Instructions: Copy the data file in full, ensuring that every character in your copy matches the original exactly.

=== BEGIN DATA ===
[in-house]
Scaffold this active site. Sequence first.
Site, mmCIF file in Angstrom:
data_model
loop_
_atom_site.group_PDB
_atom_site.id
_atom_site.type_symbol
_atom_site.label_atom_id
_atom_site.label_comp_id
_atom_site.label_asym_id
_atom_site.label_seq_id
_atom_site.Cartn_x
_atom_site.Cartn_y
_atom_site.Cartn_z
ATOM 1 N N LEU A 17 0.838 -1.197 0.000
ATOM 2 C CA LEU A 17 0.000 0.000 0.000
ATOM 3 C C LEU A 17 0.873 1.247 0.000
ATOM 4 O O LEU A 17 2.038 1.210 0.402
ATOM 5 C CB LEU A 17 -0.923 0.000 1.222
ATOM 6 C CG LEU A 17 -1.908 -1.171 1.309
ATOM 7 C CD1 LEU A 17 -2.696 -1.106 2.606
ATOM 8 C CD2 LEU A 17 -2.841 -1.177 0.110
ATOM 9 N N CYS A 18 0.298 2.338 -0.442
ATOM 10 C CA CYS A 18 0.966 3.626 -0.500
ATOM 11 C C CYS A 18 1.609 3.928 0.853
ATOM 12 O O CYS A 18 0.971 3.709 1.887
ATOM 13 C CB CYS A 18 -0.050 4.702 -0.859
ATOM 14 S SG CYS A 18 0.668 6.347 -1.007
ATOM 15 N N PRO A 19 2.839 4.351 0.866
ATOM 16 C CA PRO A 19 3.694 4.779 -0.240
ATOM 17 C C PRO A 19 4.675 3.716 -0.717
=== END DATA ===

[in-house]
Scaffold this active site. Sequence first.
Site, mmCIF file in Angstrom:
data_model
loop_
_atom_site.group_PDB
_atom_site.id
_atom_site.type_symbol
_atom_site.label_atom_id
_atom_site.label_comp_id
_atom_site.label_asym_id
_atom_site.label_seq_id
_atom_site.Cartn_x
_atom_site.Cartn_y
_atom_site.Cartn_z
ATOM 1 N N LEU A 17 0.838 -1.197 0.000
ATOM 2 C CA LEU A 17 0.000 0.000 0.000
ATOM 3 C C LEU A 17 0.873 1.247 0.000
ATOM 4 O O LEU A 17 2.038 1.210 0.402
ATOM 5 C CB LEU A 17 -0.923 0.000 1.222
ATOM 6 C CG LEU A 17 -1.908 -1.171 1.309
ATOM 7 C CD1 LEU A 17 -2.696 -1.106 2.606
ATOM 8 C CD2 LEU A 17 -2.841 -1.177 0.110
ATOM 9 N N CYS A 18 0.298 2.338 -0.442
ATOM 10 C CA CYS A 18 0.966 3.626 -0.500
ATOM 11 C C CYS A 18 1.609 3.928 0.853
ATOM 12 O O CYS A 18 0.971 3.709 1.887
ATOM 13 C CB CYS A 18 -0.050 4.702 -0.859
ATOM 14 S SG CYS A 18 0.668 6.347 -1.007
ATOM 15 N N PRO A 19 2.839 4.351 0.866
ATOM 16 C CA PRO A 19 3.694 4.779 -0.240
ATOM 17 C C PRO A 19 4.675 3.716 -0.717